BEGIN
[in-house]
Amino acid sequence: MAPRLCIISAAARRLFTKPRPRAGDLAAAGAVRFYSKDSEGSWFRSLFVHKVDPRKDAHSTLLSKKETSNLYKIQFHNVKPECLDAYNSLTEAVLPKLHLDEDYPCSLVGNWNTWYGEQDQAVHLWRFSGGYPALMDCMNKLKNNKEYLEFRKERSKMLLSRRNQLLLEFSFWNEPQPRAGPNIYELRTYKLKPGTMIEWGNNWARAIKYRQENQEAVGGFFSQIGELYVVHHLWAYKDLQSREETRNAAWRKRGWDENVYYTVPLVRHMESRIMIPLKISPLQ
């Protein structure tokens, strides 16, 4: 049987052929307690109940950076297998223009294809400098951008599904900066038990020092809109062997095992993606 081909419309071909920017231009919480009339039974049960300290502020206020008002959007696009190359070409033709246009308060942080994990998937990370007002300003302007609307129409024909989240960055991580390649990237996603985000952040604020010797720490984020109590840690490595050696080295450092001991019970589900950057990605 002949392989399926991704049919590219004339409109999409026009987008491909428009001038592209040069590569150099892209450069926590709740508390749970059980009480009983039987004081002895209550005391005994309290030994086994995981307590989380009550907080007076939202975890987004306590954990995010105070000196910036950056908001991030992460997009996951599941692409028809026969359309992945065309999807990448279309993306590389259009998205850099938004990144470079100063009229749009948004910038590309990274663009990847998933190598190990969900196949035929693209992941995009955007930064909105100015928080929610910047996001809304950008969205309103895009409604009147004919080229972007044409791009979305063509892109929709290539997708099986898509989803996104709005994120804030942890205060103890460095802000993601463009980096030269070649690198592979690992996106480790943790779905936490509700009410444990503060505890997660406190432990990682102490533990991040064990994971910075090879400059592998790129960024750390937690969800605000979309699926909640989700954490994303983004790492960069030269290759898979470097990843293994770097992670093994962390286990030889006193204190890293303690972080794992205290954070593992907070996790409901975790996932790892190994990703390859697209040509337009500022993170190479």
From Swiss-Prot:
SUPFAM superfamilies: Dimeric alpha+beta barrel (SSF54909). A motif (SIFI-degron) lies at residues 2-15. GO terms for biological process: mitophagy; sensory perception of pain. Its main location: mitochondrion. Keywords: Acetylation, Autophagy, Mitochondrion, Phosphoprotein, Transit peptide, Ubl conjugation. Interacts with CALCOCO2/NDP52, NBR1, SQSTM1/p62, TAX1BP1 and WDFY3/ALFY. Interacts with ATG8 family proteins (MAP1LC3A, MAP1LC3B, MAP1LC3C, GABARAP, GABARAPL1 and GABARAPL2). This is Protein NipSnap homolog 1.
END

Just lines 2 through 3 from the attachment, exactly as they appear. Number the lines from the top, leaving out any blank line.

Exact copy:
Amino acid sequence: MAPRLCIISAAARRLFTKPRPRAGDLAAAGAVRFYSKDSEGSWFRSLFVHKVDPRKDAHSTLLSKKETSNLYKIQFHNVKPECLDAYNSLTEAVLPKLHLDEDYPCSLVGNWNTWYGEQDQAVHLWRFSGGYPALMDCMNKLKNNKEYLEFRKERSKMLLSRRNQLLLEFSFWNEPQPRAGPNIYELRTYKLKPGTMIEWGNNWARAIKYRQENQEAVGGFFSQIGELYVVHHLWAYKDLQSREETRNAAWRKRGWDENVYYTVPLVRHMESRIMIPLKISPLQ
């Protein structure tokens, strides 16, 4: 049987052929307690109940950076297998223009294809400098951008599904900066038990020092809109062997095992993606 081909419309071909920017231009919480009339039974049960300290502020206020008002959007696009190359070409033709246009308060942080994990998937990370007002300003302007609307129409024909989240960055991580390649990237996603985000952040604020010797720490984020109590840690490595050696080295450092001991019970589900950057990605 002949392989399926991704049919590219004339409109999409026009987008491909428009001038592209040069590569150099892209450069926590709740508390749970059980009480009983039987004081002895209550005391005994309290030994086994995981307590989380009550907080007076939202975890987004306590954990995010105070000196910036950056908001991030992460997009996951599941692409028809026969359309992945065309999807990448279309993306590389259009998205850099938004990144470079100063009229749009948004910038590309990274663009990847998933190598190990969900196949035929693209992941995009955007930064909105100015928080929610910047996001809304950008969205309103895009409604009147004919080229972007044409791009979305063509892109929709290539997708099986898509989803996104709005994120804030942890205060103890460095802000993601463009980096030269070649690198592979690992996106480790943790779905936490509700009410444990503060505890997660406190432990990682102490533990991040064990994971910075090879400059592998790129960024750390937690969800605000979309699926909640989700954490994303983004790492960069030269290759898979470097990843293994770097992670093994962390286990030889006193204190890293303690972080794992205290954070593992907070996790409901975790996932790892190994990703390859697209040509337009500022993170190479």